UMC Reports Growth in Eurasia

( [email protected] ) Jan 12, 2004 12:33 PM EST

The United Methodist Church released encouraging reports on its ministry to the states of the former Soviet Union.

In his report of church activities for 2003, Bishop Ruediger Minor of Moscow said each of the four regional conferences of Eurasia is molding into its own character and spirituality.

"Each of the new conferences is developing its own character, mood and spirituality," Minor said. "We have enjoyed the new relationship with people and groups at the meetings of these annual conferences."

Several of the districts within the provinces have even accepted female superintendents.

“These women, along with their colleagues in local churches, are well accepted, he said. "Even Baptists and Pentecostals in the local settings are beginning to accept them as colleagues."

Last year, the Southern Conference celebrated the registration of the United Methodist Church by the Ukrainian government and welcomed the churches of Transcarpathia into the Ukraine District. The Hungarian Conference has nurtured these churches during the past 12 years.

Minor also boasted of the foundation of two churches and two Bible study groups in Kazakhstan, part of the Eastern Conference and the second largest country in his mission field.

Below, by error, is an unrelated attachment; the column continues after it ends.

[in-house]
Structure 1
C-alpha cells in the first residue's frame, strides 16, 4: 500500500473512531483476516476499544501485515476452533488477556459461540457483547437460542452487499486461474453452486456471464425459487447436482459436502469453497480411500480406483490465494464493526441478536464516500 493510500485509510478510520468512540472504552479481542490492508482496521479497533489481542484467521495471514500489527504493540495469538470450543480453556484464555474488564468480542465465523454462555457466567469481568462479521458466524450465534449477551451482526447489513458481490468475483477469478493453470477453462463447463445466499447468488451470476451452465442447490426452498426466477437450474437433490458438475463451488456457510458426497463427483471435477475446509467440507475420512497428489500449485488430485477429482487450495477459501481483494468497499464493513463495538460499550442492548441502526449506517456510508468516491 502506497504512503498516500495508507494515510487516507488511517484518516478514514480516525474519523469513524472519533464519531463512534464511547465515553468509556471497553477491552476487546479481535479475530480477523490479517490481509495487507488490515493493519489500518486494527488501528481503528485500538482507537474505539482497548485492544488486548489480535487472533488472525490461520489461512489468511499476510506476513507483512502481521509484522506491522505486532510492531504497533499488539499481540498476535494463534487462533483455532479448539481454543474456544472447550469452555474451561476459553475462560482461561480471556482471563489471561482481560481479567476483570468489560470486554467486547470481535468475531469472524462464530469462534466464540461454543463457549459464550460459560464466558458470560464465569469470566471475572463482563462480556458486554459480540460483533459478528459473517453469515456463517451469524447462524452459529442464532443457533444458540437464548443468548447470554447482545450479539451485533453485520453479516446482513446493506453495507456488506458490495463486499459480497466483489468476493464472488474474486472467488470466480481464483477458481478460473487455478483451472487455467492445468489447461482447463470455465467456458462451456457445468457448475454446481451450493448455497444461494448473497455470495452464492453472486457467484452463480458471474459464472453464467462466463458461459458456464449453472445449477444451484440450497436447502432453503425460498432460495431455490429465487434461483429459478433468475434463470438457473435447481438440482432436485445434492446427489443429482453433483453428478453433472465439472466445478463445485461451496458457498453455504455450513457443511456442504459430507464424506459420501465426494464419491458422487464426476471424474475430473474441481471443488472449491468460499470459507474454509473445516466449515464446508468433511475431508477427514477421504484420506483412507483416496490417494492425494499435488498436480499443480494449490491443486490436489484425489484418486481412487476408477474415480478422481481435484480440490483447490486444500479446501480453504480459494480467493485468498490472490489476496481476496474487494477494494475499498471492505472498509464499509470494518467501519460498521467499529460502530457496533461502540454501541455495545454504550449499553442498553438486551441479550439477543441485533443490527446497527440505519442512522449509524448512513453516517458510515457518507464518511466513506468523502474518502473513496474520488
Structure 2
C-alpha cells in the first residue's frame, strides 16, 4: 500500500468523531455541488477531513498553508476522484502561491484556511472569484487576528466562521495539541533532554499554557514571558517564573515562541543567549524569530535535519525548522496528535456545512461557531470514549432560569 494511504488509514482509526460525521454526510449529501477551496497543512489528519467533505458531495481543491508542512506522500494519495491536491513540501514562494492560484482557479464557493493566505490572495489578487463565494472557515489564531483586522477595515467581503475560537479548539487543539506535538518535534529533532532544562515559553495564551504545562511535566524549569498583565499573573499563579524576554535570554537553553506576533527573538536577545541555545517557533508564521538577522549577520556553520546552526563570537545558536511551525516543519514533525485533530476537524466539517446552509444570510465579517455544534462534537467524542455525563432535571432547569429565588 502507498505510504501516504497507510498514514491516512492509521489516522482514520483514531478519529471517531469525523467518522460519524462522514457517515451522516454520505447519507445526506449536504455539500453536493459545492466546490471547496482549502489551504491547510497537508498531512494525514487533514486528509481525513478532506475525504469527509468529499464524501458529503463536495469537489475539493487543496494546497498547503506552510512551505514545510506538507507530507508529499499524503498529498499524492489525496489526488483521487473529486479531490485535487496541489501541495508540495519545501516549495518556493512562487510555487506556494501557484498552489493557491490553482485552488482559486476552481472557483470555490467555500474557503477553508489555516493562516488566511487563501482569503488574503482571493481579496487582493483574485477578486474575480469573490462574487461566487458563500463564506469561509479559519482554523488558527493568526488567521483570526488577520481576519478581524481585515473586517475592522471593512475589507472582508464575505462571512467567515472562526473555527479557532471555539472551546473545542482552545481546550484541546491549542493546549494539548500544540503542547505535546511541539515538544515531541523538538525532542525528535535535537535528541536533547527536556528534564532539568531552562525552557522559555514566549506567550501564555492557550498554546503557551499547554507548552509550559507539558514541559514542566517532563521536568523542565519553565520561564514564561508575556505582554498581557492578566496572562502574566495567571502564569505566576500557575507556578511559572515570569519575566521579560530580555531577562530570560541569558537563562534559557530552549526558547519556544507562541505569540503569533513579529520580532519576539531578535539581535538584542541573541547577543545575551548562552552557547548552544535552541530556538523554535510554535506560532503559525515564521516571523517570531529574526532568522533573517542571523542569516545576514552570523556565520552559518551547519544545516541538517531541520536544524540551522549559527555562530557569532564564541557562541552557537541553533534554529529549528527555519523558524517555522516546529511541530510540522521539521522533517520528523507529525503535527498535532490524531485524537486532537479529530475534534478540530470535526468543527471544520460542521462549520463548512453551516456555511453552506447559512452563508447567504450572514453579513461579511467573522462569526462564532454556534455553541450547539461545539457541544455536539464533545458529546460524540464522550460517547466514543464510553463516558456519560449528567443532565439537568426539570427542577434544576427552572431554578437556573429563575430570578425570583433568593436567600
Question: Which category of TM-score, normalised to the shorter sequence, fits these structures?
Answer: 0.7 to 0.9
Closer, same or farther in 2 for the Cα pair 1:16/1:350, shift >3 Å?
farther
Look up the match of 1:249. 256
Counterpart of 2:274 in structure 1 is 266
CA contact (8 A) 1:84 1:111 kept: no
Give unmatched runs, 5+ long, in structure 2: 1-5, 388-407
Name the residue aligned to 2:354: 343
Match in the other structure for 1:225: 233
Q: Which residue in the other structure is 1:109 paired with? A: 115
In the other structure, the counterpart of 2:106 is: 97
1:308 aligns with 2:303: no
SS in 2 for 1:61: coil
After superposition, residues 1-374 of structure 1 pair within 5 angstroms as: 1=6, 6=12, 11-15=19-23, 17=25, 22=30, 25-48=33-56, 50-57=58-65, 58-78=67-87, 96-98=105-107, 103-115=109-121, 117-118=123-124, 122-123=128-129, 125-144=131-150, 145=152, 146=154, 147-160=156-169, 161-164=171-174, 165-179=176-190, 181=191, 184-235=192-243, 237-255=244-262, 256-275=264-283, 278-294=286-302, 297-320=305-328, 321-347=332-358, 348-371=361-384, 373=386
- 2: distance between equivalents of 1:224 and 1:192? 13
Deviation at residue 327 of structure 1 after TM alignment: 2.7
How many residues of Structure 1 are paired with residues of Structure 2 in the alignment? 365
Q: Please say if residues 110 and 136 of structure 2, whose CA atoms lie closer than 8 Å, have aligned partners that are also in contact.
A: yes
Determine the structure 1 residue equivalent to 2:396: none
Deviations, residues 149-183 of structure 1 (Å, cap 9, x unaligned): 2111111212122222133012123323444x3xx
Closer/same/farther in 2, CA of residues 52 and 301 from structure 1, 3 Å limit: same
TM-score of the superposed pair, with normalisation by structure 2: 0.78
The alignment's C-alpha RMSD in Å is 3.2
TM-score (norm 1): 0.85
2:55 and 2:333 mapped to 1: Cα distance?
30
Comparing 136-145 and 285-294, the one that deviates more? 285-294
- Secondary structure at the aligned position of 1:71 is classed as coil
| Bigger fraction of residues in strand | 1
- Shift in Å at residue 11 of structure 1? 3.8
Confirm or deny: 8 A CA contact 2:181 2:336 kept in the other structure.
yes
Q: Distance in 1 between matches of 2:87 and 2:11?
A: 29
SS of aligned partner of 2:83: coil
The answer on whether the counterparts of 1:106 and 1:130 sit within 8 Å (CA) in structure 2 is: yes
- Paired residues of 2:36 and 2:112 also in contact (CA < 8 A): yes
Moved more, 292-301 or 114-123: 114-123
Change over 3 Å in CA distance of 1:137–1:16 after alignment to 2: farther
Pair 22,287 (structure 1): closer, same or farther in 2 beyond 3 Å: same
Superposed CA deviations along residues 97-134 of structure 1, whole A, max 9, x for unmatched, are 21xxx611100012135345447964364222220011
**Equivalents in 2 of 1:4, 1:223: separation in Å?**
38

With substantial support from Germany and a partner U.S. conference, the United Methodist Church in Samara dedicated a new church building. United Methodists in the region also acquired a retreat center near Voronezh, currently under renovation, which will be used both for children and youth camps and church seminars and meetings.

"The whole church in the Eurasia Area is deeply grateful to the children in Germany and conferences in the U.S. for this touchable sign of love," Minor said. "It is my personal hope that this place will also become an international center for Methodist events and meetings in Eastern Europe."

For 2004, Minor, the current president of the United Methodist Council of Bishops, said he hopes to continue to raise general church awareness of the Eurasia Area and the various ministry programs in Russia.

Currently, Russia alone had 5,000 members and probationary members to the United Methodist Church.